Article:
In Russian it says, “No Smoking,” in Ukrainian it is “Smoking is not allowed,” and in English it is mistranslated to “Smoking Allowed.” The good news is that there might be only a few English speakers who drop by the place. Or maybe not.
Signs with translations are placed in prominent places to remind people or to warn them not to do things. The sign itself is ominous because the original is in Russian. In Russia smoking is still a prevalent social practice. It should be noted that in a culture where smoking is acceptable and may pass as the norm, these kinds of signs only appear in places where there is potential danger, like flammable materials, or in construction areas and storage facilities.
This is one fairly common mistranslation. It is common with other countries as well. The sign implies several things: the administrators want to communicate in a second (or third) language, usually English; there seems to be a fair number of foreign visitors to the place; and fluency or literacy in English is not very common in the area.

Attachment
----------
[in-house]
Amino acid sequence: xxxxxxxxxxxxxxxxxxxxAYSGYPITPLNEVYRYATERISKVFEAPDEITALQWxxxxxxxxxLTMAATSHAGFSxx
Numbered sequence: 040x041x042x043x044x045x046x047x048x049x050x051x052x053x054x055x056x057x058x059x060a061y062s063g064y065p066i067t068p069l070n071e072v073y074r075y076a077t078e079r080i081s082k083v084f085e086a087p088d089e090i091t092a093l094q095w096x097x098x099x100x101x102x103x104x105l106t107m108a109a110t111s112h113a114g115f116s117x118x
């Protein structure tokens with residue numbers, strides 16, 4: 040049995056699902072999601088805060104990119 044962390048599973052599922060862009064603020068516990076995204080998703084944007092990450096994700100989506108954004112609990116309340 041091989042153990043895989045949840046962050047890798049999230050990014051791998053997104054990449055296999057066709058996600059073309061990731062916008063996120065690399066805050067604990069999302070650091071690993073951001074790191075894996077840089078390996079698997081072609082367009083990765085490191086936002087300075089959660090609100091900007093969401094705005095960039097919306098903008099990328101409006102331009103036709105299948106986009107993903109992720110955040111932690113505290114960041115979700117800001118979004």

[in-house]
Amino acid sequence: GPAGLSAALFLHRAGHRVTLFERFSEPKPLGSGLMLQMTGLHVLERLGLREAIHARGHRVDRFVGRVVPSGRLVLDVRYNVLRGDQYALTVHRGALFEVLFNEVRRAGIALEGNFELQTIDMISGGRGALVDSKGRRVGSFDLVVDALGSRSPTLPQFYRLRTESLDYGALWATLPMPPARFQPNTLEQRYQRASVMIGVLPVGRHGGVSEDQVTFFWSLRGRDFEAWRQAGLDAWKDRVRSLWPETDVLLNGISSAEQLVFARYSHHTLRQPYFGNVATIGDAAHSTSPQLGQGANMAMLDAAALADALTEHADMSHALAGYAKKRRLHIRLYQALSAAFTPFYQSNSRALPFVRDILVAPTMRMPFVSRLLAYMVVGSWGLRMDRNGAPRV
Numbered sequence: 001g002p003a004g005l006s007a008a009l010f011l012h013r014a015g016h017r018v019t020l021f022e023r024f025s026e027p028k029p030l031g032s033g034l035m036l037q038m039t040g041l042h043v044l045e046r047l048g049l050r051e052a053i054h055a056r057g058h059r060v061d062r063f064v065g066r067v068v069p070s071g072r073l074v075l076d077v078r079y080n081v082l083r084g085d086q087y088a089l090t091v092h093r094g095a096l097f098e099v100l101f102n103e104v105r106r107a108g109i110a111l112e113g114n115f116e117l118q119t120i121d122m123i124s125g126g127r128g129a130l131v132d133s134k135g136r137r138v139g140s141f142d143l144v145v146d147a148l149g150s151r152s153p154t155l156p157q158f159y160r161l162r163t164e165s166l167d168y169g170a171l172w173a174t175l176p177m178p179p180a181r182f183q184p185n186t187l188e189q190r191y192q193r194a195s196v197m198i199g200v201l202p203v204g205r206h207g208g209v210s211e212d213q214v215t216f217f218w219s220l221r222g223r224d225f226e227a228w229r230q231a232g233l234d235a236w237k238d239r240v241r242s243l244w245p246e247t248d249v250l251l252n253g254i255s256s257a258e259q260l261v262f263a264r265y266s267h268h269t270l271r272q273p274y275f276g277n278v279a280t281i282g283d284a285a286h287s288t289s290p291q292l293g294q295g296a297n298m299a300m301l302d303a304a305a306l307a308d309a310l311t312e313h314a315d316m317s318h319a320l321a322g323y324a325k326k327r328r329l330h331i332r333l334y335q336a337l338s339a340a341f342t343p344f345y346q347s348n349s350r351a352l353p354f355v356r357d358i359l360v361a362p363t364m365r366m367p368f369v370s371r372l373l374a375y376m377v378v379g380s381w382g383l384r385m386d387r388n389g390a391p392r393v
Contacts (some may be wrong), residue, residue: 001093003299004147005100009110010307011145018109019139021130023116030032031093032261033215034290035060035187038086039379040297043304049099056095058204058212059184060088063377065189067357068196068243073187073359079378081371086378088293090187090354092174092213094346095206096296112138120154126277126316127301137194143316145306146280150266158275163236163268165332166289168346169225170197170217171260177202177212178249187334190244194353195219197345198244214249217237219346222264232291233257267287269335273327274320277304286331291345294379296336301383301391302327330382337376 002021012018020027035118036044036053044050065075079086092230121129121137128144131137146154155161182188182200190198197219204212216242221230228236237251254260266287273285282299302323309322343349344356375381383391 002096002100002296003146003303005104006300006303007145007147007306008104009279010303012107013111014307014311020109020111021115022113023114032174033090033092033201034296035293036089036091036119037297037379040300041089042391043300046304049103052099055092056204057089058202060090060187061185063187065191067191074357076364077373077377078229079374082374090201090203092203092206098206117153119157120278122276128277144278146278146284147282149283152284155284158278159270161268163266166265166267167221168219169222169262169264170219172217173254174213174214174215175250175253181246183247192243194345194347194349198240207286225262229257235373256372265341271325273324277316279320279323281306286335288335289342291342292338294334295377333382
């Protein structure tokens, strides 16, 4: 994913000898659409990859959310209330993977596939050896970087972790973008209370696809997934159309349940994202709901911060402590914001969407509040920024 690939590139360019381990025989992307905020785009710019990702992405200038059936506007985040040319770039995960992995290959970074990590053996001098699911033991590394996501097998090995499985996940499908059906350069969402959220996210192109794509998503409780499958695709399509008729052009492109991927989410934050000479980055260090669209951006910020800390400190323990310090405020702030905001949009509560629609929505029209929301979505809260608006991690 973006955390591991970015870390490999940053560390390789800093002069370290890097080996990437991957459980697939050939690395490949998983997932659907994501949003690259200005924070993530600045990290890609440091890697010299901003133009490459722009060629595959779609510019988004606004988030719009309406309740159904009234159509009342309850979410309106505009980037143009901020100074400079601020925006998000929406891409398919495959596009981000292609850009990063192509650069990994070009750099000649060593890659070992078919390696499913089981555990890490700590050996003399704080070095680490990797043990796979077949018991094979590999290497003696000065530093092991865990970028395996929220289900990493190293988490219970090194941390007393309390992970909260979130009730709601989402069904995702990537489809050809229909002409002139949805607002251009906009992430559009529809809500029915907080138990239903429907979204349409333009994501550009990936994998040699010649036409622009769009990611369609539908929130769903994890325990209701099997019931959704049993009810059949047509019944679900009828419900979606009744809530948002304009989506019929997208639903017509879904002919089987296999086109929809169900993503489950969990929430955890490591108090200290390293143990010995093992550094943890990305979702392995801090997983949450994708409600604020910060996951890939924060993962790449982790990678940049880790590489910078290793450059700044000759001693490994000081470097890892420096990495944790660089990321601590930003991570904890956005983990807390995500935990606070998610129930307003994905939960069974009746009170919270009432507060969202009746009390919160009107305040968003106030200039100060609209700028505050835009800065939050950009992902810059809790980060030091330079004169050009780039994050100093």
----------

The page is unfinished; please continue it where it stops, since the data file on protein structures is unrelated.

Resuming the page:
These mistranslations can be avoided via consultation with an interpreter, or a translator. At worst, someone fluent in English could have assisted and corrected the sign before it was printed and put up. If there is a danger to the place to warrant such a sign, then it should also warrant a careful and proper checking before it was made.
As mentioned above, this type of mistranslation occurs almost universally. A warning sign is mistranslated into the opposite of what it warns about. A “smoking allowed” reminder in a “no smoking” zone is one mistake which should go through a quality check. Unfortunately, while it is needed in a lot of instances, no effort is made to check the sign, because it is so common in the first place.
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